Written by Anjelica Murdaca, Directed by Lachlan Knight
Review by Justin Clarke
Content Warning: Discussions of suicidal ideation
Written by Anjelica Murdaca and directed by Lachlan Knight, 3:33am is a collection of times in a couple’s life, as they choose every day to love each other, despite failing to love and live for themselves.
Living in a compact, Redfern-based, studio apartment, young couple Aaron (Isaac Harley) and Bella (Anjelica Murdaca) have their relationship tested day after day in their rocky relationship. Offering small tokens of love and appreciation along the way – bubble baths, marijuana pancakes, red lingerie – their co-dependency often pushes their lives in dangerous directions.
The staging of 3:33am offers a simple and intimate setting to welcome the audience into the pair’s life. A double bed, rug and table are all we are provided with, as well as a looming, ever-changing clock that is projected above. Made to represent the passing of time and portray the moments when the couple experience the highs and lows of their relationship; it mostly seems unnecessary. Despite the final, significant moment of 3:33am, this felt like an unneeded addition to the staging.
Knight’s vision for this piece offers audiences a space to focus on the reality that faces this couple day in and day out. This in turn creates a significant opportunity for both actor/writer Murdaca and Knight to create something that is both powerful and emotional for its audiences whilst also revealing a poignant and fresh message on mental health. Sadly, it sometimes misses the mark.
It’s clear that Murdaca has thought honestly about what she wants to say about mental health in relationships, but perhaps a step back to see the show in its entirety could have helped to clear away some of the murkier moments.
It would have been quite a significant leap for Murdaca to bring Bella to life in such an emotionally heavy script from a budding playwright. Separating herself from Bella and allowing her characters to breathe could have been Murdaca and Knight’s first point of call to make when choosing to star in the production. Bravely, however, Murdaca jumps into the shoes of the character she created.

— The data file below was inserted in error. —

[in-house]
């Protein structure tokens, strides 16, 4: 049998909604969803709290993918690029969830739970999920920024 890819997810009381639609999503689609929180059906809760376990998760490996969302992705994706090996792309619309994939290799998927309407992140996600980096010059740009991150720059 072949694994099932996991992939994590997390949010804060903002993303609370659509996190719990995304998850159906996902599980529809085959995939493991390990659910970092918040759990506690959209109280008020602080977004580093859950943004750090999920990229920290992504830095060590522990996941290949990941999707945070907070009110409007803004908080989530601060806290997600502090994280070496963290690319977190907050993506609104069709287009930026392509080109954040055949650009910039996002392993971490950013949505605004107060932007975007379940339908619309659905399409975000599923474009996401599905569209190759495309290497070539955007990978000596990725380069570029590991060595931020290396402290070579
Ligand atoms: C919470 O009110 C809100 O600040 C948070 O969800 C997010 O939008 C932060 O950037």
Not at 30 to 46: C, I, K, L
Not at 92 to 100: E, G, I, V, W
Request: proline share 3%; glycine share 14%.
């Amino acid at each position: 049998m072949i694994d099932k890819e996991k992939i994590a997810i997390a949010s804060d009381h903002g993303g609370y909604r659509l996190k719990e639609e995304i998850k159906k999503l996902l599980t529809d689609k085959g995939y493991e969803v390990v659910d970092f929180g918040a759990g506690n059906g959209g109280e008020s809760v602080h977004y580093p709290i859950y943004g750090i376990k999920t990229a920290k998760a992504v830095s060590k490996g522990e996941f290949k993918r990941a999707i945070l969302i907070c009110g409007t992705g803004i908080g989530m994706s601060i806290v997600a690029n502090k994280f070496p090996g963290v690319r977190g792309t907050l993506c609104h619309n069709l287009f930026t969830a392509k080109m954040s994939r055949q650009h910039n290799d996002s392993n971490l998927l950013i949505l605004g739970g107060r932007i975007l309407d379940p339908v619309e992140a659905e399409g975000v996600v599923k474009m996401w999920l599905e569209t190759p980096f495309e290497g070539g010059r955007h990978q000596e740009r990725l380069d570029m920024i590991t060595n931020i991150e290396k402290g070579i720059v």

Bella, an innocent, fragile youth, seems wholly co-dependent on her partner Aaron for stability. She is introduced to us as the heart of the show, with her mental state being the first complication that’s raised in the pair’s relationship. With her ongoing actions seemingly testing the boundaries of hers and Aaron’s loyalty – slipping marijuana into pancakes on the eve of a new job, discussing the notion of transitioning to an open relationship – the character study of Bella herself could have been one to dissect under a microscope.
Halfway through, the underlying health issues of her partner Aaron take the reins of the show and steal us away from the beautiful foundations that Murdaca builds for Bella.
Isaac Harley’s Aaron is a stereotype of masculinity. Withholding his emotions, depending on marijuana for sleep and a curious infatuation with Taika Waititi are his main traits. Harley brings moments of humour in the times Aaron lets his guard down, and it is these moments of pure silliness where Harley really shines. Portraying a clear message about men’s health and depression, Murdaca has written Aaron to push her message about men needing to speak up.
The heart of this production rests on the believability of Aaron and Bella’s relationship, which was hard to see at first. The pair found their chemistry as the play progressed. More physical moments of intimacy at the start of the production would have made Bella’s distance more impactful for both Aaron and the audience. As the couple finally find their footing, the quieter moments become the more tender ones. And this is what brings the ongoing impact of the character’s mental health issues to the forefront of the show.
As with any contemporary work that presents notions of suicide and mental health issues, the dependency on the message is always needed. It’s clear that Murdaca has thought honestly about what she wants to say about mental health in relationships, but perhaps a step back to see the show in its entirety could have helped to clear away some of the murkier moments.
3:33am is a personal piece of storytelling that has a future in being restaged after further workshops. If not pursued, this would be a waste of its potential.
3:33am played at the Kings Cross Theatre from 21st-23rd February 2022. More information on KXT can be found via their website here
Director Lachlan Knight
Cast includes Isaac Harley
Set Design Taleece Paki
Lighting Design Hannah Grech
Production Assistant Henry Taylor
Stage Manager Ebony Loloa
Intimacy Coach Diana Paola Alvarado
Dramaturg Nisrine Amine
Mentor Tash O’Brien
Producer Jacob Parr